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date: 11 December 2019

Abstract and Keywords

Both a poem and scientific treatise, Eureka is famously generically unstable. This essay considers Eureka’s instability as a symptom of the bifurcation between the domains of literature and science that took place in the nineteenth century’s first half. The essay turns to Michel Foucault’s Order of Things for a historical and conceptual framework that describes this division and suggests its implications both for Eureka’s reception and its textual strategies. Written at a time when “knowledge” was relocated from the domain of literature into the discourses of science, Eureka stages a competition between literary and scientific epistemologies.. By pointing to celebrated examples of intuition and imagination in the realm of science, Eureka confirms their epistemological value. The text then reclaims the epistemological imagination for poetry as way to shore up the waning status of literature as a legitimate form of knowledge.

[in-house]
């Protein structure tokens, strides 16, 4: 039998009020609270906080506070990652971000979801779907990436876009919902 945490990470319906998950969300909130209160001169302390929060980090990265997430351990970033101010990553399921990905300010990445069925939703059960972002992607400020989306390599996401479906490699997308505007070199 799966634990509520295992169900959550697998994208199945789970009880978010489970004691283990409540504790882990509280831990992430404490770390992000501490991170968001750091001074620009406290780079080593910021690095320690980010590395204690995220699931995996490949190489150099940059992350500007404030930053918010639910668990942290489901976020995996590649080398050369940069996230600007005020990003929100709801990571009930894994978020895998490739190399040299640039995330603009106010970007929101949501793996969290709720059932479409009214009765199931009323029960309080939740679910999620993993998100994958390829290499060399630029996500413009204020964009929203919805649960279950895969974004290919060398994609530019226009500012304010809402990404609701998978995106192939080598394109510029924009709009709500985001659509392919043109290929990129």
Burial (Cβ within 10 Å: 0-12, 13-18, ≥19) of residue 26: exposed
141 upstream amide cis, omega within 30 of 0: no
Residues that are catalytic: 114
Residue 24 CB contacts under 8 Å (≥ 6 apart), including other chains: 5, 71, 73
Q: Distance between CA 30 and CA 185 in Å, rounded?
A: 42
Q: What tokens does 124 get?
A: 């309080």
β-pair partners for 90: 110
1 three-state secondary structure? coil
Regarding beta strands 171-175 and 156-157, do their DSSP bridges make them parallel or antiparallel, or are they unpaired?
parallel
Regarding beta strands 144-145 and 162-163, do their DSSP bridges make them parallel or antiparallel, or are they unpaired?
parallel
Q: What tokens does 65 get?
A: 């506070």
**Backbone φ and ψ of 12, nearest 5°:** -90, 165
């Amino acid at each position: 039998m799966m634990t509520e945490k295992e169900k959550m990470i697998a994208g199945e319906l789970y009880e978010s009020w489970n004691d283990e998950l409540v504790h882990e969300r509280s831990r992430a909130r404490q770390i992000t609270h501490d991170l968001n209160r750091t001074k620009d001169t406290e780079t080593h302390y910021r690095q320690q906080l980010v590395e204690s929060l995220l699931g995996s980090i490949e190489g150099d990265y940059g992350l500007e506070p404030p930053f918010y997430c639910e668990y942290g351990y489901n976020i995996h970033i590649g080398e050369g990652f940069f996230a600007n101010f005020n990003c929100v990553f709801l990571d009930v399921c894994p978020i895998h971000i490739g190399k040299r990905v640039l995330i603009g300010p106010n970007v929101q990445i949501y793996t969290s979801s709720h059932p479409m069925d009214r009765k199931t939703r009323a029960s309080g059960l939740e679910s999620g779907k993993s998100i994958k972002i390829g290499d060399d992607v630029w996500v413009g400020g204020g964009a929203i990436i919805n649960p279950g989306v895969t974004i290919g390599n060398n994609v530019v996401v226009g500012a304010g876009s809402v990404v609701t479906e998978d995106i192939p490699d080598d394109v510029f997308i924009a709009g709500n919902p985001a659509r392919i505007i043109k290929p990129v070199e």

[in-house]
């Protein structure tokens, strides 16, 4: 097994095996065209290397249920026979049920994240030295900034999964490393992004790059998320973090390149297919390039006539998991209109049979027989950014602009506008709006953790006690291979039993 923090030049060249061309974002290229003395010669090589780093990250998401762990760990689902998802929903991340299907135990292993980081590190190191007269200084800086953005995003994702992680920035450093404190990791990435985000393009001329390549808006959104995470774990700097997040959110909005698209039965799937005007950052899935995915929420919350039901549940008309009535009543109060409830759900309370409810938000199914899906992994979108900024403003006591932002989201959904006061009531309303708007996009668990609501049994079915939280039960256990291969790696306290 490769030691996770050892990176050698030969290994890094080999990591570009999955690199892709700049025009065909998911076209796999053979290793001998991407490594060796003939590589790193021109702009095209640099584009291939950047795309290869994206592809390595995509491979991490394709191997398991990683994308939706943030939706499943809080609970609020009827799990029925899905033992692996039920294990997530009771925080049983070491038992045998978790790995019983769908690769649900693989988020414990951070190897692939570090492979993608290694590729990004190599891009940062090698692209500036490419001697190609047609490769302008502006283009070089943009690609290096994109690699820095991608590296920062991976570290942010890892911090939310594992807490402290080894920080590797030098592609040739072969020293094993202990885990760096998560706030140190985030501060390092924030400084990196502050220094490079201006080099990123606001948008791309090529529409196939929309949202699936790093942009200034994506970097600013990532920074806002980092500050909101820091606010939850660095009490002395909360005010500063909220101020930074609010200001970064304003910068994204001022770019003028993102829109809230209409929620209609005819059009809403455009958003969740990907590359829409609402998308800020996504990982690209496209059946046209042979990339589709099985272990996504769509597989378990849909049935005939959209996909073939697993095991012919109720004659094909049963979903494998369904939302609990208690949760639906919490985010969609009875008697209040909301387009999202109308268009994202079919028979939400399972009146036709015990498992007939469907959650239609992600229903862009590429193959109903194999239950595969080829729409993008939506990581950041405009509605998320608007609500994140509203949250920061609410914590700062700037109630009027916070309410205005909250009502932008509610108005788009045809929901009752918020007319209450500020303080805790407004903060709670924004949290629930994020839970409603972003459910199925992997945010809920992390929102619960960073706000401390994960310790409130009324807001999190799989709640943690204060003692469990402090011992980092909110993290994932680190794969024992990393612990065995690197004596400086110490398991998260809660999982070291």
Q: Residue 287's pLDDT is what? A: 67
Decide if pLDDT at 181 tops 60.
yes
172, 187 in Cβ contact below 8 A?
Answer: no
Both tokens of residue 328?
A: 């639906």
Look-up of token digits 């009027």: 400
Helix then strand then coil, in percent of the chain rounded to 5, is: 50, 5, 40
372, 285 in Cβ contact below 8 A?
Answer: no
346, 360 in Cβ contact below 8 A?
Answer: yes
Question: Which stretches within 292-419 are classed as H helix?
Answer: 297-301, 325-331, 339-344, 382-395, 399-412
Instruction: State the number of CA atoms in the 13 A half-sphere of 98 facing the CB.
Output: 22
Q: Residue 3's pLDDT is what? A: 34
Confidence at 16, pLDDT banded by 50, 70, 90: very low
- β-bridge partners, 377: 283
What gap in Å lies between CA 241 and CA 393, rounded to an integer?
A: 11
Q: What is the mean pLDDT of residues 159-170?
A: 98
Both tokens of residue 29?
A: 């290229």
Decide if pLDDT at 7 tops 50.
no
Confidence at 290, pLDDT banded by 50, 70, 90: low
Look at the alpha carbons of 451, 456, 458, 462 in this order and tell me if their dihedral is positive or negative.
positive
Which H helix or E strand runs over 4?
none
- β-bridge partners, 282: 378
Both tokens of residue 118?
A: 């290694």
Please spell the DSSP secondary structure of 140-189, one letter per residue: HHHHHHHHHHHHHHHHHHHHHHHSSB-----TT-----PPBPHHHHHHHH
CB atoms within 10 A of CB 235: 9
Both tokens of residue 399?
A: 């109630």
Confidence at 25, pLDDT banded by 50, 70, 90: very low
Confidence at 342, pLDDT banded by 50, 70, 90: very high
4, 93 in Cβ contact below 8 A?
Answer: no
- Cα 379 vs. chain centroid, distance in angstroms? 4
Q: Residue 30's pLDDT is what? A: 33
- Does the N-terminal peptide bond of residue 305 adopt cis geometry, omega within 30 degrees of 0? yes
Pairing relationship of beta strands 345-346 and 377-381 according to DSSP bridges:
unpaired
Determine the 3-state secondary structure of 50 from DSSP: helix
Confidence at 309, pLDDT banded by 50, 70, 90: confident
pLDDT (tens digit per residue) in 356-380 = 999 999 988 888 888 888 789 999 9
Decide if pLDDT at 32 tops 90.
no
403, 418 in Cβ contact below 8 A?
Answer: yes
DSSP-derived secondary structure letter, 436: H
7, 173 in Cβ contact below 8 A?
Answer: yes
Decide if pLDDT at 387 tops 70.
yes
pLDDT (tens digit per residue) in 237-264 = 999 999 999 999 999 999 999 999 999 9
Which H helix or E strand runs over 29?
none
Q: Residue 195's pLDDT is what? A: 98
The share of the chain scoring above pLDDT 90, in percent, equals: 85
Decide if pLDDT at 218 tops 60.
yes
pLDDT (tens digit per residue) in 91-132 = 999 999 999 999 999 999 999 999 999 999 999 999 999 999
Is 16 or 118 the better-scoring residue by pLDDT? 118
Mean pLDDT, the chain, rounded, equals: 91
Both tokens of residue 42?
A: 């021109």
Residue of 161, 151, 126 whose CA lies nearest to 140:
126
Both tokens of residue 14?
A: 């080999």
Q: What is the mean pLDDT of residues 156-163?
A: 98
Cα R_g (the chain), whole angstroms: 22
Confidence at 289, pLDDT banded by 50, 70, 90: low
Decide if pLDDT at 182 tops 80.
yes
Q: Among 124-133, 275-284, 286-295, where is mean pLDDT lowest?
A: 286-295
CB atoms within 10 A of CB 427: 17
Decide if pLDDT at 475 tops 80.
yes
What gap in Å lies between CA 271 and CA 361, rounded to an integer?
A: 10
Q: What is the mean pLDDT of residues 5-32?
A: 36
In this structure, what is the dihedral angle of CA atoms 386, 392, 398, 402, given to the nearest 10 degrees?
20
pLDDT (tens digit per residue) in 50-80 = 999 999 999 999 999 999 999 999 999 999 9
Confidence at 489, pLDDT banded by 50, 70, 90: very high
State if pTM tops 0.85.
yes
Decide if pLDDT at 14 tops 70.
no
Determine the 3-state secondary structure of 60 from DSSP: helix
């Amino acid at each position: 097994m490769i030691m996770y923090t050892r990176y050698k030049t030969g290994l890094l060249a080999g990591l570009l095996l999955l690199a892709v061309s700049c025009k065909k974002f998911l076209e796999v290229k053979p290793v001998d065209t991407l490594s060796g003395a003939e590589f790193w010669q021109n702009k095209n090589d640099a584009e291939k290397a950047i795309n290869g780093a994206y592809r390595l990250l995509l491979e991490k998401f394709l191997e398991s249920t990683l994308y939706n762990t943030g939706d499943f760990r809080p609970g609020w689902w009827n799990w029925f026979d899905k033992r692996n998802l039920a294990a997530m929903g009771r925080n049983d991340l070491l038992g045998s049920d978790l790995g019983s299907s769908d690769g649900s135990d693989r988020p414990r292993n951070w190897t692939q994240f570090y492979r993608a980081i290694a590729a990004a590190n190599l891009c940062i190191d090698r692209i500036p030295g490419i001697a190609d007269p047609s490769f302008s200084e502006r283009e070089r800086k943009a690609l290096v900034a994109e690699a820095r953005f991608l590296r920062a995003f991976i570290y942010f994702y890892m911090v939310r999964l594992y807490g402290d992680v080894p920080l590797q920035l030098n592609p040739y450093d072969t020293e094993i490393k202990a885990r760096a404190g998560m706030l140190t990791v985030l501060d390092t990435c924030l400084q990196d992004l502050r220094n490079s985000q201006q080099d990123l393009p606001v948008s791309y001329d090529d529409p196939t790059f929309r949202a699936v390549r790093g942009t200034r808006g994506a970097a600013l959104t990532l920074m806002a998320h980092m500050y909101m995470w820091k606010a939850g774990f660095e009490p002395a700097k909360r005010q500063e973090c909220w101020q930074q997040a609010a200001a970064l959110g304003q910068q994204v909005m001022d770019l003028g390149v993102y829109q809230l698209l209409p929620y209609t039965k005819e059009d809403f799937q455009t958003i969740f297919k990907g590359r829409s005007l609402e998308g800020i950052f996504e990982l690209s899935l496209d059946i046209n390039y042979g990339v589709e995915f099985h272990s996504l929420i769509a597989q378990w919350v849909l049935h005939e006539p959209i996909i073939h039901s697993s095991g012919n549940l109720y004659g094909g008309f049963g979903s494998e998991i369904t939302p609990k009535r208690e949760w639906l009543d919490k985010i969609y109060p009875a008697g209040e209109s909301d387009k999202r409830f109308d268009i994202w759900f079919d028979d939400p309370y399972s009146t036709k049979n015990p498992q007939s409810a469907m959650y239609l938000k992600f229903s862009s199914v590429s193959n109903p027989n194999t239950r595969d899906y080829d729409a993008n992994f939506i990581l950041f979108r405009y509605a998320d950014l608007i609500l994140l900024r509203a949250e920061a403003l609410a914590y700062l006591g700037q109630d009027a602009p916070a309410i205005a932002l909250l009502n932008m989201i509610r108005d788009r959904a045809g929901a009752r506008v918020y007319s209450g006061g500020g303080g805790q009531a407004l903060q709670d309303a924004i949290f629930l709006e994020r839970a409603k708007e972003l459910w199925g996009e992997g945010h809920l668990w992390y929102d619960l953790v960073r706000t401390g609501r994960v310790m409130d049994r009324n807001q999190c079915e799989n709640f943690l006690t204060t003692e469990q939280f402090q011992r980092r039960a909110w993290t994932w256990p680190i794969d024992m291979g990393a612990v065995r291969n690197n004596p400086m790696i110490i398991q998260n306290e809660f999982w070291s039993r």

Keywords: Edgar Allan Poe, Eureka, poetic imagination, imagination, knowledge, discursive formation, scientific, epistemology, science

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